“Not being in the Liam MacCarthy Cup next year is something I can’t even contemplate.

“And the fear would be if you went down, you wouldn’t necessarily bounce straight back up automatically. People might think that certain counties have a God-given right to stay in the Liam MacCarthy. Nobody has that right and this is proof of that.”


If things had gone to plan for Wexford last weekend, progressing to the All-Ireland series instead of avoiding relegation would be the incentive in tomorrow’s game.

With just over half an hour played against Westmeath, the 2019 Leinster champions were sitting pretty with a 2-14 to 0-3 lead — so, how did a facile win turn into the defeat that has forced such a perilous predicament?

Reflecting on the two-point loss to a Lake County outfit who also held Wexford to a draw in Mullingar last year, Murphy said: “It was the most surreal experience. The game was just so lop-sided in the first half in Wexford’s favour.

“They couldn’t have looked more comfortable and Westmeath seemed a bit bewildered.

“With the way the body language of the Westmeath players was at half-time, you couldn’t have foreseen the kind of performance they came out with in the second half.

“I think Wexford were certainly complacent. They looked like they felt that the job was done.

“I’m not privy to what happened in the dressing room at half-time or what the mindset was, but I’m sure some of the lads probably already had one eye on the Kilkenny match.

“Players stopped showing for the ball, stopped making runs and certainly stopped working.

“Confidence must have been at rock bottom because it looked like there was only going to be one winner. It was frightening to see how it unravelled.”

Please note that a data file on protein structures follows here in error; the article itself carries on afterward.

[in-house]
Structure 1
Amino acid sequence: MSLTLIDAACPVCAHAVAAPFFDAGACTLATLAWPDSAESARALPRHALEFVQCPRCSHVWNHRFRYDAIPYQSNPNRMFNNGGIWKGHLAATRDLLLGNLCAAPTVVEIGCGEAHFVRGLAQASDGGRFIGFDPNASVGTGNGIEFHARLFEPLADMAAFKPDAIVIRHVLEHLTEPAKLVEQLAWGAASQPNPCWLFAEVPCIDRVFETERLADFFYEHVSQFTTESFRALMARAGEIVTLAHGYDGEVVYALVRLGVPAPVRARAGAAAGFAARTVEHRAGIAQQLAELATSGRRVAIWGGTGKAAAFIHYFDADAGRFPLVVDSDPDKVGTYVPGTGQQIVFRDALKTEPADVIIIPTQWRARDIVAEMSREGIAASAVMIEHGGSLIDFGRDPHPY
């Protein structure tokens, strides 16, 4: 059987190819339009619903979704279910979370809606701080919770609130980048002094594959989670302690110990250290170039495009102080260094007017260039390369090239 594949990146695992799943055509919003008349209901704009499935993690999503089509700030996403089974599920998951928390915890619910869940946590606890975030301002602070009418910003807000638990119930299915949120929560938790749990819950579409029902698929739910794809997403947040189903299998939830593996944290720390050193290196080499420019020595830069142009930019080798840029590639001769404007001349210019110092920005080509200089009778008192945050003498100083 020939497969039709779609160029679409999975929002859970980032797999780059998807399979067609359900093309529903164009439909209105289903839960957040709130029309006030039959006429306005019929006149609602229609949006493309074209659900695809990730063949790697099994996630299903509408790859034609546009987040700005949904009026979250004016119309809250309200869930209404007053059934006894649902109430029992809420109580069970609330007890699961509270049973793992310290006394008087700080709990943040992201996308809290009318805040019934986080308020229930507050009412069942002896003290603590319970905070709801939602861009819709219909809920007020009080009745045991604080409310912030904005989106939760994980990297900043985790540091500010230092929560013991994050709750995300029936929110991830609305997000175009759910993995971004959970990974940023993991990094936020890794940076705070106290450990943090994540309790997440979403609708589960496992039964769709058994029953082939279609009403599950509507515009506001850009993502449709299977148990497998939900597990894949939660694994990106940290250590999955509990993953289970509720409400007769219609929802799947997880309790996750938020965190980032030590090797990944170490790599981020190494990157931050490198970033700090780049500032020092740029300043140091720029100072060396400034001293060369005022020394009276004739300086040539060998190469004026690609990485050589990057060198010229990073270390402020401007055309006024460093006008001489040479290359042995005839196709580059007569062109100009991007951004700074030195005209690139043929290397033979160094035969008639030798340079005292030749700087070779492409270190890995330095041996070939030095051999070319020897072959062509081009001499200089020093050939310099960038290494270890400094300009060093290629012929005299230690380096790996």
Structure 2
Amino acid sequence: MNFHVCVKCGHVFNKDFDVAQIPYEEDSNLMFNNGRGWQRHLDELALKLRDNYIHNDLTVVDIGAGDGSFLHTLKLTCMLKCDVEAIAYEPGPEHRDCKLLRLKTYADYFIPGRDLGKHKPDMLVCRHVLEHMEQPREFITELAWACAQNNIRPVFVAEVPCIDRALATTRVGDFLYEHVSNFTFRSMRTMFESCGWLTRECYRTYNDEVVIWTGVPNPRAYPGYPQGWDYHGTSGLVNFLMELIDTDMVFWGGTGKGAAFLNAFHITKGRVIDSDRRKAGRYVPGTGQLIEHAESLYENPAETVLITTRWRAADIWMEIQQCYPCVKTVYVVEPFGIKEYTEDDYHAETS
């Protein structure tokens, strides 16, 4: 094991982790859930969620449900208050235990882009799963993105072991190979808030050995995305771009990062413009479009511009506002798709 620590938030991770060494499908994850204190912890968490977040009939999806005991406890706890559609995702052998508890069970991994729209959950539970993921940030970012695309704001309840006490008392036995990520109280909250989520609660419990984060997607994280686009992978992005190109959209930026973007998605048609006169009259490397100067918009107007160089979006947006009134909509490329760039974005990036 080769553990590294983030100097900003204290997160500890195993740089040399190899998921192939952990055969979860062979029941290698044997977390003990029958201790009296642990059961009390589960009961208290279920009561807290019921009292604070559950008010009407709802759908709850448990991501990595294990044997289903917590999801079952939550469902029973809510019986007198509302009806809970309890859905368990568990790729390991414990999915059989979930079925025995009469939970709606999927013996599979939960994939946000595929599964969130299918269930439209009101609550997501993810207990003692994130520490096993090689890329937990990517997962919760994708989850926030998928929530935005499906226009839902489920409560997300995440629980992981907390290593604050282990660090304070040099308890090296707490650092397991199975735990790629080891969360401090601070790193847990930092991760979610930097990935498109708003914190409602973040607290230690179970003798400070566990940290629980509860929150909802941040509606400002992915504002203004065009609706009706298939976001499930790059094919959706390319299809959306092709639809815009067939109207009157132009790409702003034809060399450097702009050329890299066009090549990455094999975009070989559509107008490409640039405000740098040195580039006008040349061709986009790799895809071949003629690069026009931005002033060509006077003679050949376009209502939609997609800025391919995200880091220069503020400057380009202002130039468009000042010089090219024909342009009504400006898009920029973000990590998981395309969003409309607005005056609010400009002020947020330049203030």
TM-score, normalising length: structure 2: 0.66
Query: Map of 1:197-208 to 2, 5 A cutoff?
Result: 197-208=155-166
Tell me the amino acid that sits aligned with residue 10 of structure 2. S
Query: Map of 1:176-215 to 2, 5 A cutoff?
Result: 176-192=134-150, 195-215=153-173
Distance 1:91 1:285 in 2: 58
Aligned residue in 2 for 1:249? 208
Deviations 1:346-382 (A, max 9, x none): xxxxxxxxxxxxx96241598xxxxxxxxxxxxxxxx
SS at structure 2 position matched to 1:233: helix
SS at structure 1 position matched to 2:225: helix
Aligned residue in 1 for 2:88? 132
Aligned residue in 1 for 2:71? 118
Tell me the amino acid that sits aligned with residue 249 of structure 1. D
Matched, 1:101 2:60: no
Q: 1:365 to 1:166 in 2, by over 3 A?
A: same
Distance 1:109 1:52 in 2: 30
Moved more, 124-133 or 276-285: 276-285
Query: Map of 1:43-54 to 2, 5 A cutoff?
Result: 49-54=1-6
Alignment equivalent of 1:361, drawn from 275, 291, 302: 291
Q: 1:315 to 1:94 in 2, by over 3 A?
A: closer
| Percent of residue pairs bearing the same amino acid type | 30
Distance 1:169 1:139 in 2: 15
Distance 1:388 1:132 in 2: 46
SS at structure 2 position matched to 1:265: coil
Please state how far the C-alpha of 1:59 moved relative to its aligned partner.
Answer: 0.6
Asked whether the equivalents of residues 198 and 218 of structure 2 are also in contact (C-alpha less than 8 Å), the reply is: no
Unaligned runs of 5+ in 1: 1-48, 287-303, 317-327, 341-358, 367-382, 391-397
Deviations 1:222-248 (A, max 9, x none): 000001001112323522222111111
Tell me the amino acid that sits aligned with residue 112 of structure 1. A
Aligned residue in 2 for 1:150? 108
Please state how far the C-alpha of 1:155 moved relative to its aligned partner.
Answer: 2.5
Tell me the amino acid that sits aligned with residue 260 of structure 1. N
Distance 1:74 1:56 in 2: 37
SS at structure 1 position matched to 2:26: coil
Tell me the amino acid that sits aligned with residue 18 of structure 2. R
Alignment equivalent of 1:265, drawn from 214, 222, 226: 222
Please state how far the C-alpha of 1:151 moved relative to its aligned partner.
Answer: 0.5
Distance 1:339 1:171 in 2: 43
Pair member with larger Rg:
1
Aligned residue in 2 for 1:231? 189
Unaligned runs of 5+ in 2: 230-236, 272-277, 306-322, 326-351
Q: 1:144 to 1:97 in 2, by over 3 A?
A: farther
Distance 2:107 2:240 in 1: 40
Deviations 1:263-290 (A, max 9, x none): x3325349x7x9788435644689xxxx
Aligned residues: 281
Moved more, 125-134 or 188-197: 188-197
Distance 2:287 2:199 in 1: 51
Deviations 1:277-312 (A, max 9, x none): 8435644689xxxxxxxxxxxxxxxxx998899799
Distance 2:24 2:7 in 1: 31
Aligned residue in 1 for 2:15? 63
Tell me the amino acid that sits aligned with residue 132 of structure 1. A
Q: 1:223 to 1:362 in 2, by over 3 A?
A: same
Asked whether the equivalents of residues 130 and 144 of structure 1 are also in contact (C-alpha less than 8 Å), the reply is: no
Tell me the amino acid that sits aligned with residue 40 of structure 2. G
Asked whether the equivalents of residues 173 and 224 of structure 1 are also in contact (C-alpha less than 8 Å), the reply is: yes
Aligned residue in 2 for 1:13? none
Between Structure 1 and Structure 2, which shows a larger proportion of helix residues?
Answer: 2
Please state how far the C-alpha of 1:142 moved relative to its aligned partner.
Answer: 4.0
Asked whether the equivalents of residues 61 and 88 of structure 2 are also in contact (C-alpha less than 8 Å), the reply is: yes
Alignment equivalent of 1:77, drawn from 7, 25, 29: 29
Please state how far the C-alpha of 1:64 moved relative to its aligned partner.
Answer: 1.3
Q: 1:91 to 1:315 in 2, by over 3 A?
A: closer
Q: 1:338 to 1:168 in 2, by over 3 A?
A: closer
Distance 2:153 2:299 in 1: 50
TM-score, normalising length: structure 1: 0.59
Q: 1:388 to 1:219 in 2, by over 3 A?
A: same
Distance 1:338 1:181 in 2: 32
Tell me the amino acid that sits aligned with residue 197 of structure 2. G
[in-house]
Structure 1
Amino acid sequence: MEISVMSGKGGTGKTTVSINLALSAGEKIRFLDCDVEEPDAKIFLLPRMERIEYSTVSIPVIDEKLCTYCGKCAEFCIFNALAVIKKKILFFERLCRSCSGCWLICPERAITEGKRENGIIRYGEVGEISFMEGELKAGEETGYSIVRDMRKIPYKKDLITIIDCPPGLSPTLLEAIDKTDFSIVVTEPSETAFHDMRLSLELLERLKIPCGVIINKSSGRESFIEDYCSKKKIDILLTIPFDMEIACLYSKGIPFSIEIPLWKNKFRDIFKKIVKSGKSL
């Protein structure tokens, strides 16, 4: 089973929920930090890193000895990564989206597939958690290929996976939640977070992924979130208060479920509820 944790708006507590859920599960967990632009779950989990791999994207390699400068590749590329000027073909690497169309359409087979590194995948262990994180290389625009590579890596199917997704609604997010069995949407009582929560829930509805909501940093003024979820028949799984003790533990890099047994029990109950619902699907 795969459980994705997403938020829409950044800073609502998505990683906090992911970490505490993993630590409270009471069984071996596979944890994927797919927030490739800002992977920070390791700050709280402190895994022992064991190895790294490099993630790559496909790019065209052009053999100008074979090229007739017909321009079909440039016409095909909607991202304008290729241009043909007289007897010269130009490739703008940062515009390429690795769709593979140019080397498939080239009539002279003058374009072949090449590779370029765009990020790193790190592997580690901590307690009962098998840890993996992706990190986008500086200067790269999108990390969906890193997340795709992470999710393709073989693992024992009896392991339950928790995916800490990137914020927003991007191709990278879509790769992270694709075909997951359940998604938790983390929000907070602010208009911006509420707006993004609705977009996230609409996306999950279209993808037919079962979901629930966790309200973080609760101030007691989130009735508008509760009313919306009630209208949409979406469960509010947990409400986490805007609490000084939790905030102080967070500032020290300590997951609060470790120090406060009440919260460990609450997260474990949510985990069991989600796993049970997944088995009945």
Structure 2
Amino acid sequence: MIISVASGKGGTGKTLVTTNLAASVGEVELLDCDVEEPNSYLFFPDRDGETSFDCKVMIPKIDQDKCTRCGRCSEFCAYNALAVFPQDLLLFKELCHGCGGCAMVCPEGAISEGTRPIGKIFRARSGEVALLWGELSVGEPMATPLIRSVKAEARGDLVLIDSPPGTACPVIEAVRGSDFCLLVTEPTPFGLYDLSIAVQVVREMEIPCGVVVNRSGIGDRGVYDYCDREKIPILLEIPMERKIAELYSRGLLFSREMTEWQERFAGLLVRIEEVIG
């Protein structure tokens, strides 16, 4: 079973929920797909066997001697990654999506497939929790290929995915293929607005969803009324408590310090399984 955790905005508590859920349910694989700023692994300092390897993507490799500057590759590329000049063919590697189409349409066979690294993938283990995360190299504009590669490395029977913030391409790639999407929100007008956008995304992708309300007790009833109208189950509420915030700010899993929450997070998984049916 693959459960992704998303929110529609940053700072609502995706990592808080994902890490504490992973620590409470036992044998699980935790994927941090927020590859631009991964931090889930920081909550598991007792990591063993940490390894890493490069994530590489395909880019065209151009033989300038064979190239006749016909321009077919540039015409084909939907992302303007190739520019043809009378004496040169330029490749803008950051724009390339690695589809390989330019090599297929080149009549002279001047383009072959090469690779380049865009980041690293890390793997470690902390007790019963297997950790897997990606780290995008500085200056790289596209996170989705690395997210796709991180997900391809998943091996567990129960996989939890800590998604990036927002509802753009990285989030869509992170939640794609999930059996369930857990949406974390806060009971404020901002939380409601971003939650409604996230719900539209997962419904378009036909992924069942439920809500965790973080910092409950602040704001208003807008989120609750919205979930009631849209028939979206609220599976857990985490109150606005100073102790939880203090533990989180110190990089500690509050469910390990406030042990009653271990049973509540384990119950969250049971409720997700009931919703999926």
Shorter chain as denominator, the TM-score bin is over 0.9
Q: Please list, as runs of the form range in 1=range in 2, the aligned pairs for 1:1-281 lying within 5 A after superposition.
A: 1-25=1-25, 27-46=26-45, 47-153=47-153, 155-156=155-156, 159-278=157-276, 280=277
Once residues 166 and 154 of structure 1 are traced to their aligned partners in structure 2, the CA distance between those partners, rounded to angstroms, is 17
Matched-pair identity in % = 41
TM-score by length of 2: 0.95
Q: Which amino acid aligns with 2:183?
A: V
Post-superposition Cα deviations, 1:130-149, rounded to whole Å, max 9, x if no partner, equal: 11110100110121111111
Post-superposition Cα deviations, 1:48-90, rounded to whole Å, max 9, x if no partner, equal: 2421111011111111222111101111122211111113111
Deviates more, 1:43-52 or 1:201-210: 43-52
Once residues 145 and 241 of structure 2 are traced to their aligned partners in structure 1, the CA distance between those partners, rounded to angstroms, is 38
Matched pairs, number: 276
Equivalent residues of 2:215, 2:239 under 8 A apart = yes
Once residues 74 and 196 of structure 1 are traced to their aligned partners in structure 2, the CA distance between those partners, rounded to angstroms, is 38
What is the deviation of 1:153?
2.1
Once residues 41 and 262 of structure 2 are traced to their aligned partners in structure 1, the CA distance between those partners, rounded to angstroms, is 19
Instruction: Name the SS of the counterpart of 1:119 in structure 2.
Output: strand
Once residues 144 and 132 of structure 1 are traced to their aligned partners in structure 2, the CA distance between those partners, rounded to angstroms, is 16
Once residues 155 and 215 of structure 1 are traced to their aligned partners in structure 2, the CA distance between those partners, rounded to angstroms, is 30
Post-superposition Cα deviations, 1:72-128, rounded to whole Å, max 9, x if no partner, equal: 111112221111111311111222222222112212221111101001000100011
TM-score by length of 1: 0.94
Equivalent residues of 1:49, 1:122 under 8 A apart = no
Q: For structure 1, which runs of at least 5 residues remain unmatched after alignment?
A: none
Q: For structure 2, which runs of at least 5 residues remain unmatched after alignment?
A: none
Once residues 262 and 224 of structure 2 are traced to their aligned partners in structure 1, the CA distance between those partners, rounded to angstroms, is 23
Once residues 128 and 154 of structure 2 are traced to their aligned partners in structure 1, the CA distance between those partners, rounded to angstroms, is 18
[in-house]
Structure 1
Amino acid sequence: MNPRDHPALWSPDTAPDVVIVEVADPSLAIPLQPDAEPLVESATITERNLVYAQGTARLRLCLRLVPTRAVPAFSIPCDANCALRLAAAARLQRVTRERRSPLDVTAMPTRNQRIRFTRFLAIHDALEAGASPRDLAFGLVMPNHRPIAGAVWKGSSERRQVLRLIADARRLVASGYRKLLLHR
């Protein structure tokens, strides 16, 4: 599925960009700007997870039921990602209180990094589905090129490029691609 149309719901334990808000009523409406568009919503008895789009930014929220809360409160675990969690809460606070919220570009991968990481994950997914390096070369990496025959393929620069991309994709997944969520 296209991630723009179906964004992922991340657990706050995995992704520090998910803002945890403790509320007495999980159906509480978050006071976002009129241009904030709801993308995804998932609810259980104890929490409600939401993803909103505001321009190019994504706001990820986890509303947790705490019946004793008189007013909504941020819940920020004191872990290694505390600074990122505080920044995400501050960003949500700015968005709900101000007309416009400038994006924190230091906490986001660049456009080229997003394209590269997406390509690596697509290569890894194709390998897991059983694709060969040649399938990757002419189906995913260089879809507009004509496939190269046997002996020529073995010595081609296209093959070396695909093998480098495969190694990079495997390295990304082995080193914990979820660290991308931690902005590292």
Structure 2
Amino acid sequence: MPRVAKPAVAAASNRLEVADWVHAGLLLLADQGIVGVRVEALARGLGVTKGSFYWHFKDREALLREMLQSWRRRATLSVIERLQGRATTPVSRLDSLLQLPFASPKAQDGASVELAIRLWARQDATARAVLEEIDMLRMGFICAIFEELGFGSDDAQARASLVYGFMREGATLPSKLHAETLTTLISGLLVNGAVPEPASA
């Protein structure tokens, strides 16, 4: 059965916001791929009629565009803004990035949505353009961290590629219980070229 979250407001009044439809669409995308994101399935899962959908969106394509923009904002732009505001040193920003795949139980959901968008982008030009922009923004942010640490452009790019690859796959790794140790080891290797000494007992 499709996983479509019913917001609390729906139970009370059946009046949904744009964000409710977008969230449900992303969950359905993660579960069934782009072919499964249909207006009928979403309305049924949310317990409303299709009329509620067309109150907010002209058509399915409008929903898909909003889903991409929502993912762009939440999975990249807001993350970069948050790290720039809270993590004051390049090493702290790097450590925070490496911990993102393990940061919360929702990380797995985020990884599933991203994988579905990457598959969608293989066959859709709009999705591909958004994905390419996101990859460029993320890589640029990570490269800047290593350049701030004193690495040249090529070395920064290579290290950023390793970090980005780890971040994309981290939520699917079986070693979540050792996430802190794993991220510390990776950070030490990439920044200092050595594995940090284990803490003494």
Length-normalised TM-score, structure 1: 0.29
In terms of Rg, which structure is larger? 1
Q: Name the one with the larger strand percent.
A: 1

The agony of relegation came to Murphy’s door in 2017 when his club Cloughbawn — who he helped to win a Wexford SHC title in 1993 — were condemned to the drop.

He said: “We were playing senior hurling in Wexford for 43 years before we ended up going down to intermediate. It was like there was a death within the parish.

“This game on Sunday is a relegation play-off — for Wexford anyway — and I think it’s more important than any final you could end up in.”

According to Murphy, a thorough review of the current state of play must take place in Wexford — irrespective of tomorrow’s outcome.

The 1996 All-Star forward insisted: “We probably all need to ask ourselves what our contribution to Wexford GAA is going to be from here.

“I don’t buy this idea that this whole situation is a kick in the a** for Wexford. We shouldn’t need a kick in the a** or a wake-up call to get things right.

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“The county board chairman has been appealing for calm and support, because there has been plenty of anger and frustration locally. There’s a lot of fear as well.

“It’s a very scary time for everyone involved in hurling in the county. It’s going to be an unbelievably nervy 70 minutes. There will be tears one way or another — but hopefully they’re tears of joy.”